I’m getting closer to installing Windows 10 fresh on a new drive, and I want to achieve what you see in the screenshot again. Only, I forgot how I did it. Can you help?
I get this when I press WinKey+R. I had to do something to make it be this way, but I don’t remember what it was. I want this for my new installation of Windows, whenever I start doing that.
Edit: I don’t want some alternative way to do what this does. I want this. I want my Run dialog box to look like this every time I access it.
I figured it out. I had a feeling that I would figure it out after asking. Isn’t that how it goes sometimes?
In the Registry, you go to HKEY_LOCAL_MACHINE\SOFTWARE\Microsoft\Windows\CurrentVersion\Policies\System and change EnableLUA to 0. The default is 1. Reboot, and it’s done.
I wasn’t figuring it out before because I kept asking Google various kinds of questions that I thought would lead me to the answer. I never just simply Googled “This task will be created with administrative privileges”. Once I did that, I found the answer.
Configure OneDrive for SharePoint Server Subscription Edition or 2019
To set up OneDrive with SharePoint Server Subscription Edition or
2019, you can either use Group Policy or set the registry keys directly.
For settings that require an organization ID, if you sync a single domain, you can use OP1. Do not use this if you sync multiple domains.
The Known Folder Move settings don’t work for SharePoint Server.
Using Group Policy
Configure the following two Group Policy objects to configure
OneDrive to be used with SharePoint Server Subscription Edition or 2019:
Specify SharePoint Server URL and organization name
The URL (SharePointOnPremFrontDoorUrl) is used by the sync
app to authenticate the user and to set up syncing of the user’s
SharePoint Server hosted personal OneDrive site.
The organization name (SharePointOnPremTenantName) lets you
specify the name of the root folder that will be created in File
Explorer. If you don’t supply an organization name, the sync app will
use the first segment of the URL as the name. For example,
office.sharepoint.com would create the folder “office”.
Specify the OneDrive location in a hybrid environment
This setting (SharePointOnPremPrioritization) lets you
specify if the sync app should first set up a sync relationship with
SharePoint in Microsoft 365 (the default) or the SharePoint on-premises
server if the user identity exists in both identity providers. The sync
application’s Settings dialog can be used to “Add
Account” the same identity for the other SharePoint realm after the
first has been configured (if the user identity exists in both).
You should be able to find these Group Policy objects using the Group Policy Editor (gpedit.msc) when navigating to Computer Configuration\Administrative Templates\OneDrive.
If the OneDrive folder is not present, you can add the OneDrive Group
Policy template by copying the following two files from the OneDrive
installation folder after you have installed the latest OneDrive sync
app on that computer:
To automate this copying using PowerShell, use:
1) Close Parallels completely 2) In Terminal, type : sudo nano /Library/Preferences/Parallels/network.desktop.xml (this will open the Terminal text editor “nano”) 3) Type your admin password to access the file 4) Locate this line -1 it could be also value 1 and replace whatever value there with 0, so you should have 0 5) Press Ctrl+O to ask for a save, then Ctrl+X to close the editor In Terminal, type : sudo nano /Library/Preferences/Parallels/dispatcher.desktop.xml find 0 and change 0 to 1 again Press Ctrl+O to ask for a save, then Ctrl+X to close the editor 6) Close Terminal and open Parallels like normal, your VM should load like on Catalina and before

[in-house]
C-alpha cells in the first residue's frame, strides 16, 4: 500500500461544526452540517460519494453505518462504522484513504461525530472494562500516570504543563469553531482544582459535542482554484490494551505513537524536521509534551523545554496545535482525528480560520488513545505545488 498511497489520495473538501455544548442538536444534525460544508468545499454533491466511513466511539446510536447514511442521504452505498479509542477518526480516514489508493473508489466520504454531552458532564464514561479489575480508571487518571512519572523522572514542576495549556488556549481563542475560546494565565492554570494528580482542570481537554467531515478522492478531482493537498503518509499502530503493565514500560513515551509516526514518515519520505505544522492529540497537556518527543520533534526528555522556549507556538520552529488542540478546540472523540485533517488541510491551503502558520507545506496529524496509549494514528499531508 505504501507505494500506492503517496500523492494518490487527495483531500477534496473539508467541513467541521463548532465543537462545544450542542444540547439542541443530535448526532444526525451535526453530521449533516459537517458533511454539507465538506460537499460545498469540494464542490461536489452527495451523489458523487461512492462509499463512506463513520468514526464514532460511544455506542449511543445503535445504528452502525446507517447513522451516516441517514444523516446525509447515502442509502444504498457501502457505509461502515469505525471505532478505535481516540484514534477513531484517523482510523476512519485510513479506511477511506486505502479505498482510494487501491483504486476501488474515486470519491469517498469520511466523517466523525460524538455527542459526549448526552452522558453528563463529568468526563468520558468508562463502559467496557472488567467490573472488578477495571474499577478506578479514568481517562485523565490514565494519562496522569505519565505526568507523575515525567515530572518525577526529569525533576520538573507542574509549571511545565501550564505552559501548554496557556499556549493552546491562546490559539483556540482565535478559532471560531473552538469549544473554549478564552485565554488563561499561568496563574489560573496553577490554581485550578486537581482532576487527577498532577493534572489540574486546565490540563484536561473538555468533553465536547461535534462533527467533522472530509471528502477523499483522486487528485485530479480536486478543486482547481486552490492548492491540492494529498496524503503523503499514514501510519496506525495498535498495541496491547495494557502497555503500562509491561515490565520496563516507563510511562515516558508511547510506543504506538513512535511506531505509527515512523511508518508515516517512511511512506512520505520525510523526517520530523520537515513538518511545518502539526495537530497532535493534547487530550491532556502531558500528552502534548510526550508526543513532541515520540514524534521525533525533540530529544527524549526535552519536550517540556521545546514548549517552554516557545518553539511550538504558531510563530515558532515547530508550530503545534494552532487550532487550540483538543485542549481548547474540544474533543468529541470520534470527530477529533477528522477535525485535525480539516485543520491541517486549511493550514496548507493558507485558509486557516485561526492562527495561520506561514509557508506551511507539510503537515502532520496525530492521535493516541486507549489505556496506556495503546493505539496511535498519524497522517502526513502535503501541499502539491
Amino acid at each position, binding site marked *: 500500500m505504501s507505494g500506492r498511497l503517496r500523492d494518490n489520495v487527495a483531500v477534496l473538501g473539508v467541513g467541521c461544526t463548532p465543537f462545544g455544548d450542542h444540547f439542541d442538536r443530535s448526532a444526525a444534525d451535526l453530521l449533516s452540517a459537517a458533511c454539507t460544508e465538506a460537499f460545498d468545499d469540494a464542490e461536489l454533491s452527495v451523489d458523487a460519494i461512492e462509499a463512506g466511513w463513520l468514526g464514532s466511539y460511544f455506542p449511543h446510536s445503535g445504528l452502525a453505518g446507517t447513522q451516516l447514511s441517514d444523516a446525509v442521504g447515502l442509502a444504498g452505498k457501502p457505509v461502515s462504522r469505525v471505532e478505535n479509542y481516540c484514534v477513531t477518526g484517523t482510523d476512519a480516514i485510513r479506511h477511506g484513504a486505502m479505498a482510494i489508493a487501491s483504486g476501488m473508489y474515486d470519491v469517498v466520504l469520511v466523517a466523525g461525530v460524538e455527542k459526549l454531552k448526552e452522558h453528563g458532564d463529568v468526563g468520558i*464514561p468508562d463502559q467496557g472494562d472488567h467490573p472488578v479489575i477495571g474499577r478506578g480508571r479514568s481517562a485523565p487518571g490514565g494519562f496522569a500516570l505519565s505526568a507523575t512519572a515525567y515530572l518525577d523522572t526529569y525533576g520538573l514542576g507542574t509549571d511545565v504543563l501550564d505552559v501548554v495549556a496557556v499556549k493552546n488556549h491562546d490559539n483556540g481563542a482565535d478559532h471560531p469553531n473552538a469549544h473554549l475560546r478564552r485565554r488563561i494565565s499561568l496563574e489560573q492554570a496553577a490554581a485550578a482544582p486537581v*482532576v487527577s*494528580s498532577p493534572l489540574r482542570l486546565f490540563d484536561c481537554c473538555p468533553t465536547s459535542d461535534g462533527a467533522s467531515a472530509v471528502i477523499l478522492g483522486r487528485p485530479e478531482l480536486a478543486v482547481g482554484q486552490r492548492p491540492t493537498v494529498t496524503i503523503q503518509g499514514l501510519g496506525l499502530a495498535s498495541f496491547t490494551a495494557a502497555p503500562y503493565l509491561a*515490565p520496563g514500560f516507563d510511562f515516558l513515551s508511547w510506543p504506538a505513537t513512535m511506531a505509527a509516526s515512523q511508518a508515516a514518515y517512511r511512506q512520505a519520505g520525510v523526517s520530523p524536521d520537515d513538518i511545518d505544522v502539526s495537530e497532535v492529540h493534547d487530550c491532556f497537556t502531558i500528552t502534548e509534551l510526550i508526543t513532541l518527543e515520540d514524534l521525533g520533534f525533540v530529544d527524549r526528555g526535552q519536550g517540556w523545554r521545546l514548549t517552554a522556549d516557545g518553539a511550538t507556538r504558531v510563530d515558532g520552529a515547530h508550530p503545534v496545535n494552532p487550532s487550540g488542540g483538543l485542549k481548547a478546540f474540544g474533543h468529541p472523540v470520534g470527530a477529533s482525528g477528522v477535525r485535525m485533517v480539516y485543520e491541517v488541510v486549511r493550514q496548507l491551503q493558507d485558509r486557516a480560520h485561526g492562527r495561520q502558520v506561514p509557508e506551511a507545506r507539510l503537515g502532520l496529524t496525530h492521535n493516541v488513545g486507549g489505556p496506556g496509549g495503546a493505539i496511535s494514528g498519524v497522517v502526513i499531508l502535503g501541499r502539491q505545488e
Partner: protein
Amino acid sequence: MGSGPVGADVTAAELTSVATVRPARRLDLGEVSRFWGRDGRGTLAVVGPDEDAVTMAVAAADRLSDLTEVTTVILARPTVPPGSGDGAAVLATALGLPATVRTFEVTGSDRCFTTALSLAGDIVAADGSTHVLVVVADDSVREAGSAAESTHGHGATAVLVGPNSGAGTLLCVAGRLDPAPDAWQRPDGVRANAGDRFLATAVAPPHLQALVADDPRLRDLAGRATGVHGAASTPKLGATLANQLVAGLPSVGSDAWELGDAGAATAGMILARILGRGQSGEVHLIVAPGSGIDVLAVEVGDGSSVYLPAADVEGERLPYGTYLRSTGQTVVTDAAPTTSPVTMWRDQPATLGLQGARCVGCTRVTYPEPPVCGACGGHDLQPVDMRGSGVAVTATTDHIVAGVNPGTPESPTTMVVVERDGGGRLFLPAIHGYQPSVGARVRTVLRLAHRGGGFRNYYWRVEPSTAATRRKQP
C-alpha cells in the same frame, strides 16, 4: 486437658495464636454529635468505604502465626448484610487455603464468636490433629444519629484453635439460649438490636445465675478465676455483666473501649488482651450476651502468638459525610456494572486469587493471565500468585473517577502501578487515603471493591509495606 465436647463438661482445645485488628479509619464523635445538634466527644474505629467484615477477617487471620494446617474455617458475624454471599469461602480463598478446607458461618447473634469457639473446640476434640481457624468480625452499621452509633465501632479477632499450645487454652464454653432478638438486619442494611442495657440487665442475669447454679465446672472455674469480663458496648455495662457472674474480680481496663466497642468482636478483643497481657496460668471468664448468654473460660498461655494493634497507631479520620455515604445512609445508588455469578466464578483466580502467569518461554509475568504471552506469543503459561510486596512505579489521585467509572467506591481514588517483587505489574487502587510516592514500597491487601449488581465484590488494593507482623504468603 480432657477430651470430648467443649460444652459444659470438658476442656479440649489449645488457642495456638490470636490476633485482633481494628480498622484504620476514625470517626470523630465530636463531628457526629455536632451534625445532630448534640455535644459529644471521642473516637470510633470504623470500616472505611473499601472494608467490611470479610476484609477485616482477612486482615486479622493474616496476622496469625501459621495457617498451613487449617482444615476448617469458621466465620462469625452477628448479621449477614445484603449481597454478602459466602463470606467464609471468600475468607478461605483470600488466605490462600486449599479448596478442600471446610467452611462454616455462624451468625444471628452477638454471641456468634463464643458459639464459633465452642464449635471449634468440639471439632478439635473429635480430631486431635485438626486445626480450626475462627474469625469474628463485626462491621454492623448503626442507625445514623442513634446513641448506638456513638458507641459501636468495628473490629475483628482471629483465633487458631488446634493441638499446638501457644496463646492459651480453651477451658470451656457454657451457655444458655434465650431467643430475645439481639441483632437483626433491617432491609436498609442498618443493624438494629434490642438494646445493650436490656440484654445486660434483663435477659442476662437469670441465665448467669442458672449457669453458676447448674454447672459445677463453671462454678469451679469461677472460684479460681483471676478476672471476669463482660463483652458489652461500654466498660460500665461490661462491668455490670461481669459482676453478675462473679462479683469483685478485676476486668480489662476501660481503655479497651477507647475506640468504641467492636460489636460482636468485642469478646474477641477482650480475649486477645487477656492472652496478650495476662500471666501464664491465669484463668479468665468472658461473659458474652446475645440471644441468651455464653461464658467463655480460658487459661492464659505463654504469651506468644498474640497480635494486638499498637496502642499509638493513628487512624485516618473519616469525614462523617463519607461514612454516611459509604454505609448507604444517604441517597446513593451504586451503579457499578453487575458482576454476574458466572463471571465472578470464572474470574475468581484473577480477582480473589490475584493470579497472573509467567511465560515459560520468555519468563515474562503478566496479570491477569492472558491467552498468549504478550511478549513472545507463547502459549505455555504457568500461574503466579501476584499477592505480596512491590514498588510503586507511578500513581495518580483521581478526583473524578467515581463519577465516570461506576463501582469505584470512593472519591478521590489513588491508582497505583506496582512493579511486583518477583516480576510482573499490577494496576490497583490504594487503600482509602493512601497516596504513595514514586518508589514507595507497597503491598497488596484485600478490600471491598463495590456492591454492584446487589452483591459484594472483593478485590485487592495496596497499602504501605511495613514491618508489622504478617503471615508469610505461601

You can use this topic to learn how to configure DNS policy in
Windows Server® 2016 to create query filters that are based on criteria
that you supply.
Query filters in DNS policy allow you to configure the DNS server to
respond in a custom manner based on the DNS query and DNS client that
sends the DNS query.
For example, you can configure DNS policy with query filter Block
List that blocks DNS queries from known malicious domains, which
prevents DNS from responding to queries from these domains. Because no
response is sent from the DNS server, the malicious domain member’s DNS
query times out.
Another example is to create a query filter Allow List that allows only a specific set of clients to resolve certain names.
Query filter criteria
You can create query filters with any logical combination (AND/OR/NOT) of the following criteria.
Name of a predefined client subnet. Used to verify the subnet from which the query was sent.
Transport protocol used in the query. Possible values are UDP and TCP.
Network protocol used in the query. Possible values are IPv4 and IPv6.
Server Interface IP address
IP address of the network interface of the DNS server that received the DNS request.
Fully Qualified Domain Name of record in the query, with the possibility of using a wild card.
Type of record being queried (A, SRV, TXT, etc.).
Time of Day
Time of day the query is received.
The following examples show you how to create filters for DNS policy that either block or allow DNS name resolution queries.
In some circumstances you might want to block DNS name resolution for
domains that you have identified as malicious, or for domains that do
not comply with the usage guidelines of your organization. You can
accomplish blocking queries for domains by using DNS policy.
The policy that you configure in this example is not created on any
particular zone – instead you create a Server Level Policy that is
applied to all zones configured on the DNS server. Server Level Policies
are the first to be evaluated and thus first to be matched when a query
is received by the DNS server.
The following example command configures a Server Level Policy to block any queries with the domain suffix contosomalicious.com.